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Pennsylvania

Share-a-Ride Program Offers Transportation Assistance

Services help people 65-plus to stay independent

Elizabeth Bishop rides in a publicly-provided van every Thursday morning because there is no public transportation in McConnellsburg, PA

Pennsylvania’s shared-ride program allows Elizabeth A. Bishop, 67, of McConnellsburg, to maintain her independence. Protecting the program’s funding for the state’s large rural population is an AARP priority. — Photo by Matt Roth

Elizabeth A. Bishop, 67, hasn't had a car for seven years, and there is no public transportation in the rural area of south-central Pennsylvania where she lives alone. She relies on blue-and-white vans from a shared-ride service to get to her doctor's office, hair appointments and the grocery store.

See also: It makes money sense to help people live at home longer.

Being able to get around without relying on family or friends "makes you feel independent," said the McConnellsburg resident. "I don't know what I would do if we didn't have it."

Shared-ride services, which operate in all 67 Pennsylvania counties, provide door-to-door transportation for people 65 and older, similar to a taxi service. Rides usually must be scheduled at least a day in advance, and often several passengers are transported in the same trip.

The program is operated by local government agencies or nonprofits and funded by state lottery revenues, which cover 85 percent of the fare. Riders pay most of the rest of the cost; the agency often contributes a portion.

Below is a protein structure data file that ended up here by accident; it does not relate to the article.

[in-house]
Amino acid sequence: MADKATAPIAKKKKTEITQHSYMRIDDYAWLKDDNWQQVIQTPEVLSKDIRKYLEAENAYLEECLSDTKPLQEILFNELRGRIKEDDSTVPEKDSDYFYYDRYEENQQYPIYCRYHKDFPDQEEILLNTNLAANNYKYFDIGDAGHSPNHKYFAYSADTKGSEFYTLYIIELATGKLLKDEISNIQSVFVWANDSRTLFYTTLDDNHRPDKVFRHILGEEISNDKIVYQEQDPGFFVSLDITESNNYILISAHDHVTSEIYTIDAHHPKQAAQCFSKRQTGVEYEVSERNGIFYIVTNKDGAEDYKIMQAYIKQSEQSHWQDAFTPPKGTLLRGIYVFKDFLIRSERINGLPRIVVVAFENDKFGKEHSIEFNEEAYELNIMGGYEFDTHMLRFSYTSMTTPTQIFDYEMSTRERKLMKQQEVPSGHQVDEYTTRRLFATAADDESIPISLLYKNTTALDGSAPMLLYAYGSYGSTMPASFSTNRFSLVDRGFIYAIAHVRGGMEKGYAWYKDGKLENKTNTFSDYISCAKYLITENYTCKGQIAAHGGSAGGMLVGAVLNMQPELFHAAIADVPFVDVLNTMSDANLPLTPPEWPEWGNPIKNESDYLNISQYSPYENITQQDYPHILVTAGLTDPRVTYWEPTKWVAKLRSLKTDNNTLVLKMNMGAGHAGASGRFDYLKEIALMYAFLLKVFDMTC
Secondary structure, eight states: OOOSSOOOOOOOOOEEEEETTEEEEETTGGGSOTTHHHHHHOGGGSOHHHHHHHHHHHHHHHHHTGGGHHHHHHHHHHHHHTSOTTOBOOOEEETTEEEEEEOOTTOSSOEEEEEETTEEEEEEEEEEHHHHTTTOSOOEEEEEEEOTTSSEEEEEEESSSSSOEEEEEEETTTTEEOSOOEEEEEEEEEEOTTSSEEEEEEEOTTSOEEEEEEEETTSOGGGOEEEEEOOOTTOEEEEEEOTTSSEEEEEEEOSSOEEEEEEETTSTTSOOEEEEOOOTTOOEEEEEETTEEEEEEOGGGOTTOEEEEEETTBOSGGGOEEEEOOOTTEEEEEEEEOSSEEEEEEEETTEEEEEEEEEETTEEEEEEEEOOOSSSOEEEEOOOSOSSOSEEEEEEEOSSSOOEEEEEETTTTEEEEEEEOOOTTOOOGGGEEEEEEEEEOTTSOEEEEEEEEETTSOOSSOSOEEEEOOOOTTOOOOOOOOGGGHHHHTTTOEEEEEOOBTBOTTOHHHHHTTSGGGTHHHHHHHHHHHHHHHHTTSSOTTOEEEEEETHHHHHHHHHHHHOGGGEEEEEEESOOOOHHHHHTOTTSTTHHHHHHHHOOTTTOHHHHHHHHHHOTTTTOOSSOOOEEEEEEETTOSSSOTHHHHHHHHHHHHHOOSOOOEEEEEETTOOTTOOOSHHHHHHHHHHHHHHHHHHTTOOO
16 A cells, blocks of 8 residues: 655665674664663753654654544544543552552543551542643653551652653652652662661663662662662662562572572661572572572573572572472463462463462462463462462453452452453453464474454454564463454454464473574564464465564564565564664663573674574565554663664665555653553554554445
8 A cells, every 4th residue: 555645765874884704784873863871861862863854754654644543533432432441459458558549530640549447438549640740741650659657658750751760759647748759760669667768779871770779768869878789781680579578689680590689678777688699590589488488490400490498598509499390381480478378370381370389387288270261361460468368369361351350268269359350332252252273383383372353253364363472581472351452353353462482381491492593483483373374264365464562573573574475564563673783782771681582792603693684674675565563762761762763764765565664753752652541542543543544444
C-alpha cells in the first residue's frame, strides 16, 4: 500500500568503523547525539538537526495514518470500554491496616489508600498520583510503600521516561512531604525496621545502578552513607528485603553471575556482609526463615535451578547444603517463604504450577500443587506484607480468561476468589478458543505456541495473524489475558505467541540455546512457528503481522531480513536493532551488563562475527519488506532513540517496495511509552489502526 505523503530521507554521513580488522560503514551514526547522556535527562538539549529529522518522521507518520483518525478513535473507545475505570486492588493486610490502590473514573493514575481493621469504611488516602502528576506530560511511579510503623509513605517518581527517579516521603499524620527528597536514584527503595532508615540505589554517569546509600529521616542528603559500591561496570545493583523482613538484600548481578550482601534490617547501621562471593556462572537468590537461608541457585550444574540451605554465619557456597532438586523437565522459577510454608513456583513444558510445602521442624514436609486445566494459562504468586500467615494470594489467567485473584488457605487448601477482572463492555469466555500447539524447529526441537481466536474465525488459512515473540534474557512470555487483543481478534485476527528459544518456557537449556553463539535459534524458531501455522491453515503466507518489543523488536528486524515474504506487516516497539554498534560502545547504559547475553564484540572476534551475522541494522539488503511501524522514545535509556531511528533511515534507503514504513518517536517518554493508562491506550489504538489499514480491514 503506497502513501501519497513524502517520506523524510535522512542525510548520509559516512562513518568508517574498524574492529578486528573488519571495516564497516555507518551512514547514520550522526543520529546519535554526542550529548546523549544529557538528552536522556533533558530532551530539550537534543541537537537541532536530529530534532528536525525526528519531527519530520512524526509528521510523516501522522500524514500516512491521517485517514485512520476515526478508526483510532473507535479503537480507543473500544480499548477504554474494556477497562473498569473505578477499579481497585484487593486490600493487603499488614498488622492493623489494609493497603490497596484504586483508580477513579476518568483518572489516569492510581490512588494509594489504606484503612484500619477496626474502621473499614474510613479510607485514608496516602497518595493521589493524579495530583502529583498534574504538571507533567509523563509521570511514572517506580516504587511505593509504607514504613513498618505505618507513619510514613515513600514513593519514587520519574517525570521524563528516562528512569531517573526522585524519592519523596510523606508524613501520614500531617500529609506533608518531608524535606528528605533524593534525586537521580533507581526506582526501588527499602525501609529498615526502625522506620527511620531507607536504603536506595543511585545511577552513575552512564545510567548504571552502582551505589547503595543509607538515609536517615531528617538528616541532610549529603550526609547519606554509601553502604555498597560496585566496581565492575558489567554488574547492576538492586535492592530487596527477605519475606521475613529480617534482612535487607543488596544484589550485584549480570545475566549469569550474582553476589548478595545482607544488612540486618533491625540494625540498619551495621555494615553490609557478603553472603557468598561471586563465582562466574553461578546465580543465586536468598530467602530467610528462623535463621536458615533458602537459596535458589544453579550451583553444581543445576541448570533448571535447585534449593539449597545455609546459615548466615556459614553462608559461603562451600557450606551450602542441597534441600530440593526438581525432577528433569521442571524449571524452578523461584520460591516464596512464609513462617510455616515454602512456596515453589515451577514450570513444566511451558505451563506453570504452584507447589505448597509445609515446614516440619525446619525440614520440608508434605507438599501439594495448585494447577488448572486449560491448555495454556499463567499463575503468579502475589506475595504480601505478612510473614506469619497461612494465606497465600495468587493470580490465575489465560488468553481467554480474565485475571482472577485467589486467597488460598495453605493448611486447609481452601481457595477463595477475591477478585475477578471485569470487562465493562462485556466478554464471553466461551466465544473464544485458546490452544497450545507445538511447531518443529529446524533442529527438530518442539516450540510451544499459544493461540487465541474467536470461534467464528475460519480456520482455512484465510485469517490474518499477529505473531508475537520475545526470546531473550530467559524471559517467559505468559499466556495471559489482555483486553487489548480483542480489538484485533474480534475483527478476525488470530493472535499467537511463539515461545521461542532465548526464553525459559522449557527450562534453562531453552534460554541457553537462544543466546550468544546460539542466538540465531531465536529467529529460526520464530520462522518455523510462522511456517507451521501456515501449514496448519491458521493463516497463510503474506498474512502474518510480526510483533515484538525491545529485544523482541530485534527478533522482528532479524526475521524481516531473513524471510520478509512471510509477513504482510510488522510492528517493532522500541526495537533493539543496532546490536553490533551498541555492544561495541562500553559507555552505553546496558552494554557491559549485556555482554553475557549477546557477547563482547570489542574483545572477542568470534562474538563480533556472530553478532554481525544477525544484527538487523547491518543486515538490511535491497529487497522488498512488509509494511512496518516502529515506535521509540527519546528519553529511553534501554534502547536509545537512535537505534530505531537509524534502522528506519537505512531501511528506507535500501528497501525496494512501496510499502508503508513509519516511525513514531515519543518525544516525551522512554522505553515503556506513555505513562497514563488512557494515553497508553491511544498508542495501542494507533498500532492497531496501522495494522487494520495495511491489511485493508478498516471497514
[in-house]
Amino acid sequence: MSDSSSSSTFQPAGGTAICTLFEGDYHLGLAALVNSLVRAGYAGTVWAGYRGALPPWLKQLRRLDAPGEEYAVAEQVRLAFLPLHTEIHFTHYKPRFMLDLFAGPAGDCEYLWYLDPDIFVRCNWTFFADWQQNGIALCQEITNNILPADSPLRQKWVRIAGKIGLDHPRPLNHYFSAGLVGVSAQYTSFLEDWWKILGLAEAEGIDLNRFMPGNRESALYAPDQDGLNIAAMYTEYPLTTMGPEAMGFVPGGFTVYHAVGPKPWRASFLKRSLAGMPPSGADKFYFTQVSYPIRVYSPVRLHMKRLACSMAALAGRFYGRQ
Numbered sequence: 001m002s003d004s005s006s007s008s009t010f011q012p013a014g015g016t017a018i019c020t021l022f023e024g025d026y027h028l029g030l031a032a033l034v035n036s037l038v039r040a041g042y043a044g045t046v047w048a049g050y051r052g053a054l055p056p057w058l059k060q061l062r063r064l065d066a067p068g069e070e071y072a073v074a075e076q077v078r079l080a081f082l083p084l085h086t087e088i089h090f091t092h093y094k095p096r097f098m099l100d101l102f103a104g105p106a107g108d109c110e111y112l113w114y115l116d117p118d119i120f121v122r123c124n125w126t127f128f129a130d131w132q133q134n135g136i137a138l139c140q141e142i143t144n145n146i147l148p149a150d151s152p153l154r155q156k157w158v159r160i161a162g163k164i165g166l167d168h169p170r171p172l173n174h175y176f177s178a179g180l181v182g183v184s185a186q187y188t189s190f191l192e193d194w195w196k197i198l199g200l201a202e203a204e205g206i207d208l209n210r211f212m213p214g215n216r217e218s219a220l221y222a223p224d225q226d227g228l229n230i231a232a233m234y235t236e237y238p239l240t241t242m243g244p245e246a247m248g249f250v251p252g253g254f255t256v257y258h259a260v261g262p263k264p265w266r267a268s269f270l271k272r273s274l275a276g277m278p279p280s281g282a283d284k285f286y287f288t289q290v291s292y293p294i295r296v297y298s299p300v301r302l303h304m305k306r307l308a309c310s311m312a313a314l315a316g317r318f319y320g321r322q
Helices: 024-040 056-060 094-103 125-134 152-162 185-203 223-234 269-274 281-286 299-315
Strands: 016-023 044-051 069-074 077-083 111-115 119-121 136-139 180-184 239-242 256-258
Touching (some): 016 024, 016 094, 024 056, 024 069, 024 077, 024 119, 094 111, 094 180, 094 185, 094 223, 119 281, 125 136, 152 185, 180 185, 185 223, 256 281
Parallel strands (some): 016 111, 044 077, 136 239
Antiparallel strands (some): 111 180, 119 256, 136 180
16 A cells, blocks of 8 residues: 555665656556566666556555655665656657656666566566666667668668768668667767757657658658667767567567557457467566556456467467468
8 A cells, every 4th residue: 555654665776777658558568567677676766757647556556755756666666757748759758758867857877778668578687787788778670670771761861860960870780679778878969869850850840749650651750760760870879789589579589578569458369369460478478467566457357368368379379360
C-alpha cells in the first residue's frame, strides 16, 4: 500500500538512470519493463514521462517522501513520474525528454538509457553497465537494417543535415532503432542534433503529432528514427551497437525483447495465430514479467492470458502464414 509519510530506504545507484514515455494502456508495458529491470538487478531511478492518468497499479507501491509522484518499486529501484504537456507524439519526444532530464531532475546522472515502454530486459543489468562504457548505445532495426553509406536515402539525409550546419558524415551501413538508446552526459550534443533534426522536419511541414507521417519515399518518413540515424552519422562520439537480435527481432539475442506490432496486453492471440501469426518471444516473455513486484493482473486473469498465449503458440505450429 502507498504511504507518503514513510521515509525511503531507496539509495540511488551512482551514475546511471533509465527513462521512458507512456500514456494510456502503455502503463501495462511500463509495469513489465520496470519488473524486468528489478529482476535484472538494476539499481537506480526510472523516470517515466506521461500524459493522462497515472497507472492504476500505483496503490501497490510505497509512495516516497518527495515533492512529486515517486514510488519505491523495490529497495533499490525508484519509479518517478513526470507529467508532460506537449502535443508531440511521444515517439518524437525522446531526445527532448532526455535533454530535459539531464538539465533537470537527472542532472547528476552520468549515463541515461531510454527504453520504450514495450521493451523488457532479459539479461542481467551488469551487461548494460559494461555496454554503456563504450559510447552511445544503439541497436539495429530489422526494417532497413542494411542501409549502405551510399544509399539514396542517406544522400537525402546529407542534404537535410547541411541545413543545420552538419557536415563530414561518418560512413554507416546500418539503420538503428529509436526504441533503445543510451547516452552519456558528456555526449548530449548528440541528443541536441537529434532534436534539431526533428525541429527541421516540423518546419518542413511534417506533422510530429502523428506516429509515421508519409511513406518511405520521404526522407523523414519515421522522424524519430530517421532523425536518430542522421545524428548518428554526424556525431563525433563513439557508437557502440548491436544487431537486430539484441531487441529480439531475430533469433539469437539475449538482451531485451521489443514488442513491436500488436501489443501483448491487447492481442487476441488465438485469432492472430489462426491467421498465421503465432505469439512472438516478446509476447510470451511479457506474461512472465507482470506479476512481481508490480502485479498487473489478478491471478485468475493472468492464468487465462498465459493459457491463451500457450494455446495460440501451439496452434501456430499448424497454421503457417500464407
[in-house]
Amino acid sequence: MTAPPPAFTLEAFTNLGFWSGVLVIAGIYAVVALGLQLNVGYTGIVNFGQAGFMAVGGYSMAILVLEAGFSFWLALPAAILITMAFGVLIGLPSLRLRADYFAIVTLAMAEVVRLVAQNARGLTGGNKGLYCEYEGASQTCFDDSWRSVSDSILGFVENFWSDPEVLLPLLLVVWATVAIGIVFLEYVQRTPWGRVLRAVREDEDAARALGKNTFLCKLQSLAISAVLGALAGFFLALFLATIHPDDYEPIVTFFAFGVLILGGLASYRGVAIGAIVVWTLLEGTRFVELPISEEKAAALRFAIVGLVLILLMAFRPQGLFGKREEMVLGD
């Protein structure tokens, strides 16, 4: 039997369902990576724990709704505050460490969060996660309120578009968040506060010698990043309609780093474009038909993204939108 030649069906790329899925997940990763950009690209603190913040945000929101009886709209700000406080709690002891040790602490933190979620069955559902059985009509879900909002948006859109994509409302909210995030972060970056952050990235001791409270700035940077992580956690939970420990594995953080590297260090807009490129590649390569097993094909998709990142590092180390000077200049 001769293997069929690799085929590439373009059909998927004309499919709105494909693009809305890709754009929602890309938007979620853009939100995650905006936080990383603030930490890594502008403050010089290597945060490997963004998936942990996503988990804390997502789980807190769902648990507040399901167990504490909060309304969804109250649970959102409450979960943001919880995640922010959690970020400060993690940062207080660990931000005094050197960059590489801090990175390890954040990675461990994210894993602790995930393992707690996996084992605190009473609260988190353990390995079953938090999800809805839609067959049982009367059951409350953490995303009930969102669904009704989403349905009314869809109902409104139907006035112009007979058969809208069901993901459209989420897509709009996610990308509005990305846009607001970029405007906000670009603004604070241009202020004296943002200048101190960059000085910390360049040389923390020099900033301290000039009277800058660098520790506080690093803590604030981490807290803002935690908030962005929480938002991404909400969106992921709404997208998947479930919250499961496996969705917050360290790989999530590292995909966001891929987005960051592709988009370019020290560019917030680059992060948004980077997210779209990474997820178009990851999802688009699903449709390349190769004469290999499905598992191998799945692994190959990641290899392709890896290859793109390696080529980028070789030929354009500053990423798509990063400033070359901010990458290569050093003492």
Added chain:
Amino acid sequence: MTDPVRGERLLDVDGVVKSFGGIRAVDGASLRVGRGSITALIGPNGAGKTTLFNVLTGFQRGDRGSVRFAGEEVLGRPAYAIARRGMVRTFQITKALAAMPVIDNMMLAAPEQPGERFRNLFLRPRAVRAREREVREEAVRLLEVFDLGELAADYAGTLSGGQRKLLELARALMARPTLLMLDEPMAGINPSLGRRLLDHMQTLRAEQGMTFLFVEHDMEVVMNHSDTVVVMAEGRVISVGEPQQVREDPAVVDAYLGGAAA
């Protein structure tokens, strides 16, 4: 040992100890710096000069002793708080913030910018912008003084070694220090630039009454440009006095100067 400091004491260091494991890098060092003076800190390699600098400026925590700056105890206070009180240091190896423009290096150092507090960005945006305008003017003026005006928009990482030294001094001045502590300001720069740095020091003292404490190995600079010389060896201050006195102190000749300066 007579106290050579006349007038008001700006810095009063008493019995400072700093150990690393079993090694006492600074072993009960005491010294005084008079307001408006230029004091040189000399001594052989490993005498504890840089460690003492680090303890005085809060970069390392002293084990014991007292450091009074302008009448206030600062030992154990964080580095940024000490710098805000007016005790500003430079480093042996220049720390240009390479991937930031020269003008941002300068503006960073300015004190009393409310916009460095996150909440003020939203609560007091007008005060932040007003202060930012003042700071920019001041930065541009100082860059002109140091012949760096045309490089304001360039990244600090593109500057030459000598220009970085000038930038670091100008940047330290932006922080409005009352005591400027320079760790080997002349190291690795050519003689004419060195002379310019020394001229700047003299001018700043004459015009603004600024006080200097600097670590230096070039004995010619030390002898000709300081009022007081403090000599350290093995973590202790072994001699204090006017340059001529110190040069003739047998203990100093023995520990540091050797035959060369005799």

In areas where public transportation is available, lottery funds pay for people 65 and older to ride buses, subways and trolleys free of charge.

Nearly one in four Pennsylvanians will be 65 or older by 2030, according to census projections, and the state has one of the country's largest rural populations, leaving many people without access to bus or rail service.

Maintaining funding for the program is a priority, said Desiree Hung, AARP Pennsylvania associate state director for advocacy. "Without transportation options, you're condemning people to solitary confinement."

4.5 million subsidized rides

About $70 million in lottery funds subsidized nearly 4.5 million rides statewide last year. Ridership has declined slightly in recent years, in part because hours of operation in some counties have been reduced to shave costs, said Ray Landis, AARP Pennsylvania advocacy manager. Soaring gas prices and flat state funding also have strained the budgets of the agencies that run the services.

AARP Pennsylvania is part of the Keystone Transportation Funding Coalition, which is pushing for a comprehensive solution to the state's multibillion-dollar transportation needs, including stable funding for shared rides.

"We want to make sure the issues that are important to seniors are included" in transportation plans, said AARP Pennsylvania spokesman Steve Gardner.

Next: Will the ride service continue? »

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